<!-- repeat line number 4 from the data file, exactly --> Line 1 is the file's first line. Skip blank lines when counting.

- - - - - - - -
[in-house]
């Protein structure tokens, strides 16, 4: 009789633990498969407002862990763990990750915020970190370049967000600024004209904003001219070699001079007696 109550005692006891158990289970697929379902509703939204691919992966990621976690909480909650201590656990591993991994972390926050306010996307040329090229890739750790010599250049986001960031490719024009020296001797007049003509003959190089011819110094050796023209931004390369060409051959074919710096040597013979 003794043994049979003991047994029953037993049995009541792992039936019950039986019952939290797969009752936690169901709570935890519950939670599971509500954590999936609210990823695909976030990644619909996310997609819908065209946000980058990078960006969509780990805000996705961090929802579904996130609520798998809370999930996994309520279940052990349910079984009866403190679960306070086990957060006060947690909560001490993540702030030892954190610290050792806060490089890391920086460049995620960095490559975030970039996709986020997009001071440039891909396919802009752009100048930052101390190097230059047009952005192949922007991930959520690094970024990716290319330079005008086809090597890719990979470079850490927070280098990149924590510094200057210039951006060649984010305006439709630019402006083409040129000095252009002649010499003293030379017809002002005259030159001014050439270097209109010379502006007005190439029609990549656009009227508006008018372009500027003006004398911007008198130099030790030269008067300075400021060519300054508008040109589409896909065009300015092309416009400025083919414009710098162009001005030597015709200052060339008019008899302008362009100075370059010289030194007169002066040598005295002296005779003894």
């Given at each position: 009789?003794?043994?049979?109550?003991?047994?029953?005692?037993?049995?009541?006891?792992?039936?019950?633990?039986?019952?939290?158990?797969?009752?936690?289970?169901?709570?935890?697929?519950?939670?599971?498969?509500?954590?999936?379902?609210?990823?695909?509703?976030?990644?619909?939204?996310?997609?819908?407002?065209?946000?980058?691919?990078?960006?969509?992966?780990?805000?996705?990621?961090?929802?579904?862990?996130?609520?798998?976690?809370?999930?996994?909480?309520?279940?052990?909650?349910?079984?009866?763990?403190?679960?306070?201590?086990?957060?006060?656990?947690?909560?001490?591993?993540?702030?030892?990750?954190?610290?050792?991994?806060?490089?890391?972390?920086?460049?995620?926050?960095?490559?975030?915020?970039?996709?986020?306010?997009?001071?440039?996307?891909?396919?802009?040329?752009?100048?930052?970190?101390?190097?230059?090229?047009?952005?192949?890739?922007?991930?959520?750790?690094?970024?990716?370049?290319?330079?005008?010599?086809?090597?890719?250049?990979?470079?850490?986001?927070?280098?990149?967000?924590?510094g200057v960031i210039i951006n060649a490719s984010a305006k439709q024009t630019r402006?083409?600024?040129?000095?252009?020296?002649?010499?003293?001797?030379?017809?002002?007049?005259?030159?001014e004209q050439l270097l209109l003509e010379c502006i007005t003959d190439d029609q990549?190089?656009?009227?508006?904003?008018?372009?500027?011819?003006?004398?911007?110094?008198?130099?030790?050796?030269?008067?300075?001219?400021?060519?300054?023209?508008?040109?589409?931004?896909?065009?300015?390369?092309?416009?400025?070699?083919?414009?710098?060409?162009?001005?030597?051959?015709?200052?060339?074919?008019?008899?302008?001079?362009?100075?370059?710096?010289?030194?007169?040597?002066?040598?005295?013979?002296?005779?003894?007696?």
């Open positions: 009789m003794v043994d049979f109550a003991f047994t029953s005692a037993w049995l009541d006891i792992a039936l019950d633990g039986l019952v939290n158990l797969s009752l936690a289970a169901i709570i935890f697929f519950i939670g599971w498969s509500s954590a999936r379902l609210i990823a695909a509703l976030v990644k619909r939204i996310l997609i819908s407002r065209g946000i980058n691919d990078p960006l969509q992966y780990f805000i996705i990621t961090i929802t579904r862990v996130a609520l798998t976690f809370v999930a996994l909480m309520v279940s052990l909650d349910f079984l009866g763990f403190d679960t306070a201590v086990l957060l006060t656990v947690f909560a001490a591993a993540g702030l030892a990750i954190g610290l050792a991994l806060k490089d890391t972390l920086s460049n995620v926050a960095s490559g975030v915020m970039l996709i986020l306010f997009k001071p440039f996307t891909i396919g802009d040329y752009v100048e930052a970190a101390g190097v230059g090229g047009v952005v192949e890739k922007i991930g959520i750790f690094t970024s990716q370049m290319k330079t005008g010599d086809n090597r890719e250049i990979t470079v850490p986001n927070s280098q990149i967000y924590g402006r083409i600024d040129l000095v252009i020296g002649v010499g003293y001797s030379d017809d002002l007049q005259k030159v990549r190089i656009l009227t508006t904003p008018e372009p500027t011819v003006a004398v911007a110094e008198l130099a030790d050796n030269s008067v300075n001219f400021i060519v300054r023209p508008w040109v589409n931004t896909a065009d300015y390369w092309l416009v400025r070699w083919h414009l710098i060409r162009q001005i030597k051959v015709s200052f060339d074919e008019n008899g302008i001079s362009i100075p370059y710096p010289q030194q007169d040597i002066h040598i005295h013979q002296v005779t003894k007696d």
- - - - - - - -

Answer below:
């Open positions: 009789m003794v043994d049979f109550a003991f047994t029953s005692a037993w049995l009541d006891i792992a039936l019950d633990g039986l019952v939290n158990l797969s009752l936690a289970a169901i709570i935890f697929f519950i939670g599971w498969s509500s954590a999936r379902l609210i990823a695909a509703l976030v990644k619909r939204i996310l997609i819908s407002r065209g946000i980058n691919d990078p960006l969509q992966y780990f805000i996705i990621t961090i929802t579904r862990v996130a609520l798998t976690f809370v999930a996994l909480m309520v279940s052990l909650d349910f079984l009866g763990f403190d679960t306070a201590v086990l957060l006060t656990v947690f909560a001490a591993a993540g702030l030892a990750i954190g610290l050792a991994l806060k490089d890391t972390l920086s460049n995620v926050a960095s490559g975030v915020m970039l996709i986020l306010f997009k001071p440039f996307t891909i396919g802009d040329y752009v100048e930052a970190a101390g190097v230059g090229g047009v952005v192949e890739k922007i991930g959520i750790f690094t970024s990716q370049m290319k330079t005008g010599d086809n090597r890719e250049i990979t470079v850490p986001n927070s280098q990149i967000y924590g402006r083409i600024d040129l000095v252009i020296g002649v010499g003293y001797s030379d017809d002002l007049q005259k030159v990549r190089i656009l009227t508006t904003p008018e372009p500027t011819v003006a004398v911007a110094e008198l130099a030790d050796n030269s008067v300075n001219f400021i060519v300054r023209p508008w040109v589409n931004t896909a065009d300015y390369w092309l416009v400025r070699w083919h414009l710098i060409r162009q001005i030597k051959v015709s200052f060339d074919e008019n008899g302008i001079s362009i100075p370059y710096p010289q030194q007169d040597i002066h040598i005295h013979q002296v005779t003894k007696d």